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Aldwickbury School

Tips for Encouraging Boys to Read More

Tips for Encouraging Boys to Read More

1.      Get physical

Boys enjoy being active. Encourage boys to read more by acting out stories that you have read, retell a story using puppets, practise role play where each family member has a role in the story. Use your imagination to incorporate physical activity into reading.

2.      Find a positive male role model

Fathers, grandfathers, friends, uncles and brothers can all play their part by letting younger boys see them reading.  It doesn’t matter if it’s the newspaper, a magazine or a book. Boys will copy this behaviour and in turn will become more confident in their own reading. Find out more about our Reading Lab, which involves some of our older students being reading partners for the younger boys.

3.      Praise, praise, praise

Boys thrive on praise. When he reads well, be sure to give him encouragement and try to be specific about the praise you are giving. There will be mistakes; make it clear that if he makes a mistake whilst reading, he is not a failure; remind him that we learn from our mistakes.

4.      Routine reading

If your child likes routine and structure; try building reading into that routine. Set aside a regular time to read with boys. That way he will come to expect to be read with at a certain time. Providing opportunities and expectations for silent reading at home are also likely to encourage more reading. Reading before going to sleep is a great time way to get boys into reading – not only does it encourage routine but also helps them wind down and relax before they go to sleep.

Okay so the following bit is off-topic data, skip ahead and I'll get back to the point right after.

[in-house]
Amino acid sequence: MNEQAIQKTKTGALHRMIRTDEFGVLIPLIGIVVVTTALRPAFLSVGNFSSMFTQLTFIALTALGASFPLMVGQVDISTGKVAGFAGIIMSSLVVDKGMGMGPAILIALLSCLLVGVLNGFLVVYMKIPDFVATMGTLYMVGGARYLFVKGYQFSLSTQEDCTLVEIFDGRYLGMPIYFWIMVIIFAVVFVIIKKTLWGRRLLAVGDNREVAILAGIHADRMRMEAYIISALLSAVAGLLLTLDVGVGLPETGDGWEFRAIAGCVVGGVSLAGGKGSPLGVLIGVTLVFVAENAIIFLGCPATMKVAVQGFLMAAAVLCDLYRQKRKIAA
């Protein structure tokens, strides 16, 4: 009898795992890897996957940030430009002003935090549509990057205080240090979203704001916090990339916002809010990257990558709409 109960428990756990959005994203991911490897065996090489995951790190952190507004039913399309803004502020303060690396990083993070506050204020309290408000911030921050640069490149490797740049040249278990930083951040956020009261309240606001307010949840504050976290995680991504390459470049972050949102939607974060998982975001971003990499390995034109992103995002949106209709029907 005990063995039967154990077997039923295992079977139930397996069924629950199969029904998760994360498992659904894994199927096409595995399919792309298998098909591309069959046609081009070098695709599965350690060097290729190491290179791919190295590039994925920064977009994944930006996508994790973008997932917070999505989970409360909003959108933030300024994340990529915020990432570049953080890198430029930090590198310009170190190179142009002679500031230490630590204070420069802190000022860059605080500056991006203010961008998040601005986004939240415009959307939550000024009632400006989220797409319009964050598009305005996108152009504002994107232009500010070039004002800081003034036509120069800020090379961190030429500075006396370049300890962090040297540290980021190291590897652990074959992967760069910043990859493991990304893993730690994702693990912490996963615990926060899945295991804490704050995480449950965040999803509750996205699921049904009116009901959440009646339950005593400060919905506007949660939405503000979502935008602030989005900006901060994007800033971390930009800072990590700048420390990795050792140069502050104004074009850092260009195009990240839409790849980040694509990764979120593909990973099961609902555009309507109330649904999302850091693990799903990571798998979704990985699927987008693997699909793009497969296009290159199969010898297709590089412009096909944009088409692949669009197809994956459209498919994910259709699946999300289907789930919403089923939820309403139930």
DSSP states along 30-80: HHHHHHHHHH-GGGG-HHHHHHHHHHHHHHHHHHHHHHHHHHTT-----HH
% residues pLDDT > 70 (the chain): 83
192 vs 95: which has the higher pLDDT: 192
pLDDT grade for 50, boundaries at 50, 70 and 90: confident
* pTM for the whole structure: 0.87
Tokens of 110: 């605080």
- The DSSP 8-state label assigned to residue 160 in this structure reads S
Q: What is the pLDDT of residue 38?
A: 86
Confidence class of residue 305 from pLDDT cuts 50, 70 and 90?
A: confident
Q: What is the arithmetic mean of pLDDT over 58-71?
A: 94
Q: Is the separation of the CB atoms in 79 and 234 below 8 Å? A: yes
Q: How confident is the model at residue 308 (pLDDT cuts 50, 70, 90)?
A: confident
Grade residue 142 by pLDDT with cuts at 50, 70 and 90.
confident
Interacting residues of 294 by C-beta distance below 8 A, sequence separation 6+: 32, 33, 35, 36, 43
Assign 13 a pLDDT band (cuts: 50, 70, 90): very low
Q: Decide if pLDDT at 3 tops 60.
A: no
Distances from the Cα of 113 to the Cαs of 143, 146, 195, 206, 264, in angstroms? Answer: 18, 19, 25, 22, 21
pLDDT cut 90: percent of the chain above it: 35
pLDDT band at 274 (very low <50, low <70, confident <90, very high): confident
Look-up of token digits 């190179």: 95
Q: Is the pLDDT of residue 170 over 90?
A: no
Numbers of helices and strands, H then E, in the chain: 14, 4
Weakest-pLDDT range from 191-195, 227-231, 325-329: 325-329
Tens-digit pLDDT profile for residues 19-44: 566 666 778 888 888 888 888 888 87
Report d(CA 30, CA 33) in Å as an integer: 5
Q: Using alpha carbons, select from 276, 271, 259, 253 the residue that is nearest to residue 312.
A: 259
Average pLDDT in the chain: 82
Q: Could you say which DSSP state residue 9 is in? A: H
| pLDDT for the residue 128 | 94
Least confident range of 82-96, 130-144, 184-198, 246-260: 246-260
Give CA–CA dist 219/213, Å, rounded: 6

5.      Read with your children

Carry on reading with boys once they can read themselves; some boys can switch off from reading once they know the basics. Keep talking about the story and the plot, make sure they have understood it. Many boys will enjoy being read to well beyond their early years. Most children enjoy having an element of control and book choice is an excellent area to let children have some freedom.

6.      Start a book club

Discussing books is a wonderful way to nurture a love of stories. Support your child in starting discussions around books. We celebrated World Book Day at school recently and wrote some fabulous book reviews, some of which are on display in the library and some will be read out in assembly. We’ll also be introducing the Children’s Book Award where boys can read the latest publications and vote on their favourites, and we’ll be holding a pop-up book fair in May.

7.      Use an interest

If they’re into a particular sport or hobby, find a book that includes it. In the Aldwickbury school library there are displays which highlight particular themes that the boys may be interested in and suggest new books to them. If your child doesn’t like to read books, think of other ways he can enjoy the written word: magazines, poetry, joke books, comics, games instructions, letters, road signs, shopping lists. This will encourage reading, improve vocabulary and hopefully will lead on to wanting to read for pleasure.

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